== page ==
Paintings Conservation

The paintings curriculum allows students to pursue their interests in paintings from the Middle Ages to the present. Every paintings major takes at least one class in the Kress Program in Painting Conservation; additional courses expose students to topics including the structural treatment of paintings on canvas, advanced cleaning and inpainting techniques, and the conservation of modern and contemporary paintings and painted surfaces. The procedures learned depend to some degree on the particular artworks available and their conditions. 

To provide training in the conservation of modern and contemporary paintings, courses have been developed that take advantage of the abundance of collections and resources in New York City. Students have treated pictures by artists including Yayoi Kusama, Andy Warhol, Joan Mitchell, Helen Frankenthaler, Will Barnet, Rammellzee, and Esteban Vicente. We are fortunate to have close connections with the Grey Art Gallery of NYU, which has works from the late-nineteenth through the twentieth centuries and is particularly strong in mid-twentieth century painting, as well as to the collections and professionals at MoMA, the Whitney, and the Guggenheim, and to private conservation practices in New York. 

Students at the advanced level also have the opportunity to create their own individualized coursework. With the guidance of a supervising instructor and the approval of the Chair, students can work in other museums or private labs in the city, which can expose them to an even wider range of paintings and conservation problems. Students have also undertaken treatment and research on paintings at NYU’s Villa La Pietra. 

Kress Program in Paintings Conservation

Kress Program in Paintings Conservation

With generous support from the Samuel H. Kress Foundation, the Kress Program in Painting Conservation offers unique and unparalleled training in the conservation of Old Master paintings. The Kress Program (as it is informally known) focuses on the cleaning, retouching, and technical analysis of selected works from the Samuel H. Kress Collection and forms the foundation for our paintings conservation program. Every student specializing in paintings conservation will take at least one class treating a Kress picture on panel or canvas during their studies.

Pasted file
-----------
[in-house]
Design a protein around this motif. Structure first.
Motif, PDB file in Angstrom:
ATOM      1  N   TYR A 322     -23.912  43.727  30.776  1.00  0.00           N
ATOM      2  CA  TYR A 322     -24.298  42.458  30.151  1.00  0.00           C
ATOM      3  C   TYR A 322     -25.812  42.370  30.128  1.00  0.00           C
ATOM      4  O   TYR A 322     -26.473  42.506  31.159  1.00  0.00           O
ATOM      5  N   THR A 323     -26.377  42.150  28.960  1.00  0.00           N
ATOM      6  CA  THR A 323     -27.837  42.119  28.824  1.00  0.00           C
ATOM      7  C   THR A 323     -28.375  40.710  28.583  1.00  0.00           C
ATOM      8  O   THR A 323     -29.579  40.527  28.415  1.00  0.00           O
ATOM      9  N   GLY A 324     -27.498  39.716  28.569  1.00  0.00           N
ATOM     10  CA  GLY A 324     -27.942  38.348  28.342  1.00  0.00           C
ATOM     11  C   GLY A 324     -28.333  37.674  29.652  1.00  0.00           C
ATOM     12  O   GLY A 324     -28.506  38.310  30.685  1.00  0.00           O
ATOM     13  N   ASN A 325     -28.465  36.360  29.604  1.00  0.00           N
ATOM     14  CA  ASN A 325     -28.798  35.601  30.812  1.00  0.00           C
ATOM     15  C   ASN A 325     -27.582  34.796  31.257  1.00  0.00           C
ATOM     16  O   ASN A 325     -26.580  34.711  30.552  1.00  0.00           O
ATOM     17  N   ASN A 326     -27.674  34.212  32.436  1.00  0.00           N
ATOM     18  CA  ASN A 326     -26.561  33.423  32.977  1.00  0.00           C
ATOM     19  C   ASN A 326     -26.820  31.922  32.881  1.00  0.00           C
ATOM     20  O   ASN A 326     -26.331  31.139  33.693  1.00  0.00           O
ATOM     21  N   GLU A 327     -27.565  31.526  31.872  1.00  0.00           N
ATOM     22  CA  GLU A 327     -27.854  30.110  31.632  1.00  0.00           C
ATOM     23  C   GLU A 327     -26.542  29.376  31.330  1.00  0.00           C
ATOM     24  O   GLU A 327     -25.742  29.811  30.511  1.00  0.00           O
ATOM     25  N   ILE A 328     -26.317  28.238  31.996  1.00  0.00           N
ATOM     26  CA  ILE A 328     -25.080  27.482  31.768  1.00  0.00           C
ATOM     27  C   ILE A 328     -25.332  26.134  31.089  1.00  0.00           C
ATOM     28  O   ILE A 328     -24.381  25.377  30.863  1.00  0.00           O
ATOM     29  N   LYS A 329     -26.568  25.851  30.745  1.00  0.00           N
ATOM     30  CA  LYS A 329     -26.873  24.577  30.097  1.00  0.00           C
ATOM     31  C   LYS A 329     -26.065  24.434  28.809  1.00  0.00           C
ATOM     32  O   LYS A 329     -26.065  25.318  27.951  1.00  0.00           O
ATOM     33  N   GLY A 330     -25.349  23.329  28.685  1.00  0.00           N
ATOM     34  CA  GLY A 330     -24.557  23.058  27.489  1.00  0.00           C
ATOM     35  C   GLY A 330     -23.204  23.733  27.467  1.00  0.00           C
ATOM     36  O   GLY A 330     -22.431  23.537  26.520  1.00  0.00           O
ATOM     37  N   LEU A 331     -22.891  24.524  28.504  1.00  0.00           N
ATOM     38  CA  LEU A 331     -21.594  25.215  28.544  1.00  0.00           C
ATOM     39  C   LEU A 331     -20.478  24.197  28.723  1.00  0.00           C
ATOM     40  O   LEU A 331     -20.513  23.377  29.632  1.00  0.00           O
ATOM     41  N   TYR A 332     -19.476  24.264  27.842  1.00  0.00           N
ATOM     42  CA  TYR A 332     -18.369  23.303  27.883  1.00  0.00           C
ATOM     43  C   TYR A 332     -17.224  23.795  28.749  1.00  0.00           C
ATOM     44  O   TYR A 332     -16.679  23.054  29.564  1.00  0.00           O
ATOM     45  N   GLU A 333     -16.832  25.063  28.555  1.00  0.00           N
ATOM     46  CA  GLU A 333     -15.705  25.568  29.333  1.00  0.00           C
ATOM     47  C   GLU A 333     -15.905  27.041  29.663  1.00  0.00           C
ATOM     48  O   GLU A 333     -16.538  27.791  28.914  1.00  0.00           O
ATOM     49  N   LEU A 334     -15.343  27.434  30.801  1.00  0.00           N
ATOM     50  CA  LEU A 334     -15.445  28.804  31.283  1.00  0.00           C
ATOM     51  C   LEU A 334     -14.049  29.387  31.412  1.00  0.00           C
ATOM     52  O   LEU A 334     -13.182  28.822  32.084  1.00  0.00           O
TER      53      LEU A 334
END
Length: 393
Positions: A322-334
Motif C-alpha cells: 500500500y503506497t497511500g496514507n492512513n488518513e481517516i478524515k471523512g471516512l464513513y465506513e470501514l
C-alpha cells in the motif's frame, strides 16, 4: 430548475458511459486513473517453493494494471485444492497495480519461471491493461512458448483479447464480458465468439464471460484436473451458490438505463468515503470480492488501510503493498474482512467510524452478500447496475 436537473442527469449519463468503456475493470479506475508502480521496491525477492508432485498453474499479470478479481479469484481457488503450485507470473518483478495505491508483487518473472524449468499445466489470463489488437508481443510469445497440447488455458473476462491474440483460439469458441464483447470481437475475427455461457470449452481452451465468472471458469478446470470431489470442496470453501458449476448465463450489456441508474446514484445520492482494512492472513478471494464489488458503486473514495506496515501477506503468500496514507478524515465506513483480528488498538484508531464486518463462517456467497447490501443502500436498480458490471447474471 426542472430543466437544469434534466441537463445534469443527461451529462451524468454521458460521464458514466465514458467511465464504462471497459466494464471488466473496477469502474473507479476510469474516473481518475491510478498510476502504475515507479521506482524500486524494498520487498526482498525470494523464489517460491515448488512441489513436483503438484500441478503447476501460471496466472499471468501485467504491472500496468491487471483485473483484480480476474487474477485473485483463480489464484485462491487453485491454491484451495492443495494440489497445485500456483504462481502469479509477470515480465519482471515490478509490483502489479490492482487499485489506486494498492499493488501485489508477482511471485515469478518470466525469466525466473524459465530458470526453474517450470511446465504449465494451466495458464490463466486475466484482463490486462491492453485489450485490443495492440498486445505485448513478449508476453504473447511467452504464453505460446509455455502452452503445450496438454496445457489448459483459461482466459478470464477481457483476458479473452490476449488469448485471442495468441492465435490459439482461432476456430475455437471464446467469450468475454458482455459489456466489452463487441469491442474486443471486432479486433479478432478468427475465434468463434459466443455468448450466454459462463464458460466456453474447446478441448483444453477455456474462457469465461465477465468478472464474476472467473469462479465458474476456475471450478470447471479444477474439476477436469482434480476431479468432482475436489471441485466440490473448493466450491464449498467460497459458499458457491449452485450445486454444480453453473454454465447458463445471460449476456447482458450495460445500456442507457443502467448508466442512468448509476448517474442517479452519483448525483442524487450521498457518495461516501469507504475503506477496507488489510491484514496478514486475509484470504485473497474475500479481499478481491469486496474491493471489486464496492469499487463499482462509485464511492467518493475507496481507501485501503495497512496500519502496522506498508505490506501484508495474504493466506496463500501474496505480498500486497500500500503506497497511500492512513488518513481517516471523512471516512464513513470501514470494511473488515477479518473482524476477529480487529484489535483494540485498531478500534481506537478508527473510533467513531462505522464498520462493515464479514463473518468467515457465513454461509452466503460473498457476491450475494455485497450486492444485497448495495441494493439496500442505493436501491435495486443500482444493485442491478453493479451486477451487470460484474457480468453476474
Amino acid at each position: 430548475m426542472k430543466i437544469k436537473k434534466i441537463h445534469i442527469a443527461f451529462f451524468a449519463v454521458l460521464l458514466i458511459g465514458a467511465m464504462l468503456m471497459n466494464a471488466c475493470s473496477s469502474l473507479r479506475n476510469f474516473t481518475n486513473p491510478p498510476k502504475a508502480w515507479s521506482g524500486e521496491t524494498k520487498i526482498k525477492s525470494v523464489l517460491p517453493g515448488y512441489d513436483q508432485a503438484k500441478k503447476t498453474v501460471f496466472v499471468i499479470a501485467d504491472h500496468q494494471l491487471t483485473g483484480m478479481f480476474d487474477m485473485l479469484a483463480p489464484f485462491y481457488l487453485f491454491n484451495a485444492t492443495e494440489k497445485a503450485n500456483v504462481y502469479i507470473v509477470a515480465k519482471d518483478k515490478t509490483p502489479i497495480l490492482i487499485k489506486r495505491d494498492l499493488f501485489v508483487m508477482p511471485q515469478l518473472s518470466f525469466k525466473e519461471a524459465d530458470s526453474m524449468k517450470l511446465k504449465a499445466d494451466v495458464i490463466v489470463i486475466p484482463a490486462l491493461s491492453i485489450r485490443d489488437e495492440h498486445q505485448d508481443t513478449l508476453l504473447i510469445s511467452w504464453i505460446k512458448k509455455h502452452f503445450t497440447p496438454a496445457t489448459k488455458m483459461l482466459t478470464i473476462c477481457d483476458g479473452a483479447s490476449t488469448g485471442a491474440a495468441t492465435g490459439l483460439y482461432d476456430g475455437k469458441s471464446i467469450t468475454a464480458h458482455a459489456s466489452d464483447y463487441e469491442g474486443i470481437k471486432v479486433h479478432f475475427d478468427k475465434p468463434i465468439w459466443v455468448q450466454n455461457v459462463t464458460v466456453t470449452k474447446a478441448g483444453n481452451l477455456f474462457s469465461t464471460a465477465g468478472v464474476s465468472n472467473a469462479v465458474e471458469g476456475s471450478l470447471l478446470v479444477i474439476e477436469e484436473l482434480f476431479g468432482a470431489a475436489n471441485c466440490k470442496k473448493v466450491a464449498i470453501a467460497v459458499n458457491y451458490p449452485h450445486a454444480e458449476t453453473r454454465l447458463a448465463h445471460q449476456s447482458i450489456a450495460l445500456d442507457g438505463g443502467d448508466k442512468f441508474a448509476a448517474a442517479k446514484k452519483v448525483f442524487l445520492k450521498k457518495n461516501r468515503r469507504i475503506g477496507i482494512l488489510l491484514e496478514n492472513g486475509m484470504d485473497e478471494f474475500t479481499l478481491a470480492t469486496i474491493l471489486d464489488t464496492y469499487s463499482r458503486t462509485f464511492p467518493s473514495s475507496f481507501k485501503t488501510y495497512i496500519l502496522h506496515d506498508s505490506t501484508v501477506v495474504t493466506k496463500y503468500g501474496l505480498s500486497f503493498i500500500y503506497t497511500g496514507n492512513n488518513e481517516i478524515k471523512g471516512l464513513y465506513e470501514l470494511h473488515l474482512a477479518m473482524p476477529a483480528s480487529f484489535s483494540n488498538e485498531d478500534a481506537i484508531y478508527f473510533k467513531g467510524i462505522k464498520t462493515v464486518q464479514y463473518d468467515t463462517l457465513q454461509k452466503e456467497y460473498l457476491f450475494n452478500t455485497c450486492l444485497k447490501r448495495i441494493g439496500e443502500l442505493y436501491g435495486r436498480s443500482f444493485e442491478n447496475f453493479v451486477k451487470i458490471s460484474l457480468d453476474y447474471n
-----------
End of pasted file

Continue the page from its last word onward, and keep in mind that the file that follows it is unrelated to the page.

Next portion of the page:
Depending on the availability of projects and interest, students from other specialties may also enroll in a Kress Class. The collection includes over 1,000 European paintings dating from the thirteenth to the nineteenth centuries, held at more than 90 institutions in 33 states. Nowhere amongst U.S. conservation graduate programs can students learn from such a distinguished and unmatched collection of Old Master paintings. Dianne Dwyer Modestini, Clinical Professor Emerita for the Kress Paintings Program, Matthew Hayes, Assistant Professor of Paintings Conservation, and Molly Hughes-Hallett, Associate Conservator for the Samuel H. Kress Collection, provide the instruction in the treatment of these paintings. Generally, the paintings come to us from the collections of museums, regional galleries, or other institutions without resident conservation departments. Each picture is carefully selected for its suitability as a student project: the more advanced the student, the more challenging the conservation problems the pictures present. Students carry out a thorough examination and technical analysis of each painting over the course of its treatment. Paintings with more complicated needs are worked on by the instructors and serve as additional demonstrations of how to formulate and execute particularly demanding treatments. The close proximity and active interest of conservators and art historians from the Institute of Fine Arts, the Metropolitan Museum of Art, and other institutions nationwide enhances and informs the projects, providing new information about attribution, workshop practice, painting technique, original display, and later alterations. Over 250 Kress Collection paintings have been examined or treated at the Center since the inception of the pilot program in 1989. 

The Kress Program in Paintings Conservation has also supported publications in the history, technology, and conservation of Italian paintings.